Brewers Rock Olympia Brew Fest

After a week of 90+ temperatures throughout the Puget Sound area, an overcast, but still warm, day surrounded people coming to the First Ever Olympia Brew Fest. This is a community sponsored festival that benefits the Thurston County Chamber Small Business Development Program.

It also provided a chance for South Sound residents, and those of us who are willing to drive long distances to beer festivals, a chance to sample some beers from smaller breweries you do not see at many festivals. Some bigger breweries also participated which helped draw a fairly large crowd throughout the afternoon and on into the evening.

It was kind of a quirky festival. the $25 admission (advance) got you the Portland style plastic drinking mug and six 5 ounce pours of your choice. You could buy more tastes if you were so inclined.

Shock of all shocks. I was not so inclined at this festival. Somebody put out the word that everybody should bring the same stuff, and to make matters worse, bring lots of super hoppy IPAs and weak-kneed Blondes. Not that there aren’t many advantages about having weak-kneed Blondes around.

Fortunately for me Iron Horse Brewing from Ellensburg, WA, brought Quilter’s Irish Death, a beer I swear is sent from heaven to keep people of Earth happy. We had a nice visit with Ross Chalstrom, the owner of Iron Horse, about their move to a new brew house in Ellensburg at the end of the month. He seemed pretty excited about it. Might be time for another Road Trip east on I-90 to see how it all came together. He had the High Five Hefe on his second tap. That also is one fine brew.

I was pretty eager to try beers from Puyallup River Brewing, MT Head, Westport, GoodLife,  Grove Street, Kulshan, and Big Al’s. All these breweries make some really nice beers, so I am sure that a great many people liked what they tried. Unfortunately for me, they didn’t bring any of my favorites.

I did sample the Strawberry Saison from Puyallup River Brewing. Eric Akeson is a passionate brewer who makes some very creative beers. I found this beer to be very typical of the Saison style – a style that I am not particulary crazy about, but it is all the rage around here these days. It had a distinctive strawberry nose but the finish was pretty much what you would expect in a saison. There is a difference between a sour and a tart beer. My preferences lean more toward tart. I need more practice learning the nuances of this style as I further my beer education.

Also, Elk Head Brewing from Buckley, WA was there with four of their exceptional beers – and one of my personal favorites, the Black Stag Stout. They also brought Citronic, Blast Zone and Liberty Cap. Something for everyone. Nicely done.

Fish Brewing from Olympia brought Starfish, an Imperial Red with a bit of a hop kick but not offensively so.

If you are into hoppy IPAs, you might have liked a few of these:

  • Bastard Kat IPA – Kulshan Brewing – 70 IBUs
  • Rude Parrot IPA – 7 Seas Brewing – 75 IBUs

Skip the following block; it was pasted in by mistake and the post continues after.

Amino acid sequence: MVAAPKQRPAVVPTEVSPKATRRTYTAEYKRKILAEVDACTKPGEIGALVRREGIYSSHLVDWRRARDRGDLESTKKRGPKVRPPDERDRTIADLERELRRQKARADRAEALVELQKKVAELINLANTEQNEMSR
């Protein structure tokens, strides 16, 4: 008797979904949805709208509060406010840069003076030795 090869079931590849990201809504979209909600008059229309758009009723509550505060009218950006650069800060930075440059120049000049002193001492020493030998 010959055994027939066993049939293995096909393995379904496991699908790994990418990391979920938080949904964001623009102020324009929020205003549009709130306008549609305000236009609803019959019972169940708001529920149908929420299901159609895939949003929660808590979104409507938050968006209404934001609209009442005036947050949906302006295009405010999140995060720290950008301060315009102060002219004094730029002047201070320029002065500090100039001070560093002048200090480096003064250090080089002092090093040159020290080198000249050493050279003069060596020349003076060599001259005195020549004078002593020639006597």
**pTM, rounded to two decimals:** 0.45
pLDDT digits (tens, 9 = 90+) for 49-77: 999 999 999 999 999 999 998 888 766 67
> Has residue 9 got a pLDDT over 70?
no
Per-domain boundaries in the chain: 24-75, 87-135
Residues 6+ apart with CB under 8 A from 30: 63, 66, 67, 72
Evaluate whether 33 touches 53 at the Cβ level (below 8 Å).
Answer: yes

• Big Hoppa IPA – Big Al’s – 80 IBUs
  • Country Boy IPA – Everybody’s Brewing – 80 IBUs
  • Dick’s Imperial IPA – Dick’s Brewing – 85 IBUs
  • Supergoose IPA – Hales Ales – 87 IBUs
  • Sculler’s IPA – Skagit River Brewing – 89 IBUs
  • Tricerahops IIPA – Ninkasi – 100+ IBUs
  • One Hop Wonder – Harmon Brewing – 100+ IBUs

Here’s what disappointed me about this festival. First, I was looking forward to GoodLife Brewing Company, an up and coming Oregon brewery. Cancelled. Something about a big Beer Festival in Bend, OR. Second, Elysian promised – well if not promised, maybe  “indicated” would be a better choice of words – that they would have their 2012 Night Owl Pumpkin Ale. Not so. Must be saving it up for their Great Pumpkin BeerFest 2012.

And third, Sound Brewing from Poulsbo did not bring the much publicized Ursus Spelaeus; blends of rich maltiness, notes of chocolate, coffee, toffee & subtle licorice with a perfect balance of hops. The Belgian yeast strain adds touches of fruit, herbs, and spices. What’s not to like about that? But no. Owner Mark Hood rattled off a few places where I could get some, as he poured me a Dubble Entendre. Another winner in my books.

I did not stay very long. I had my six tastes and was faced with a sea of IPAs interspersed with a Summer, or a Wit or a Lager. It started to rain a little. My wife went with me to this one – she had intended to spend time at the Olympia Farmers’ Market while I did my research for this blog. But that took far less time than she had imagined, and the sprinkles were enough for her to prod me to take an early out.

I will say the organizers did a good job in pulling this together and found a good spot if they intend to grow this next year. However, they could use a lot better marketing – signage in particular. There was absolutely nothing that visibly shouted Olympia Brew Fest anywhere around the Olympia area, and especially not in the Port Plaza market area. people were coming up and asking, “What is going on here? What is this?”

Also the swag was pretty weak. A first time beer festival needs a cool shirt, some real glass glassware for souvenirs, fridge magnets (“I was there!” – First Ever Olympia Brew Fest) or stickers. Something to keep and look at  – and remember – until next year’s festival.

Oh, well, next year.

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Photography and content by Bob Shoemaker (bobshoemaker@hoppytrailsbeernews.com)
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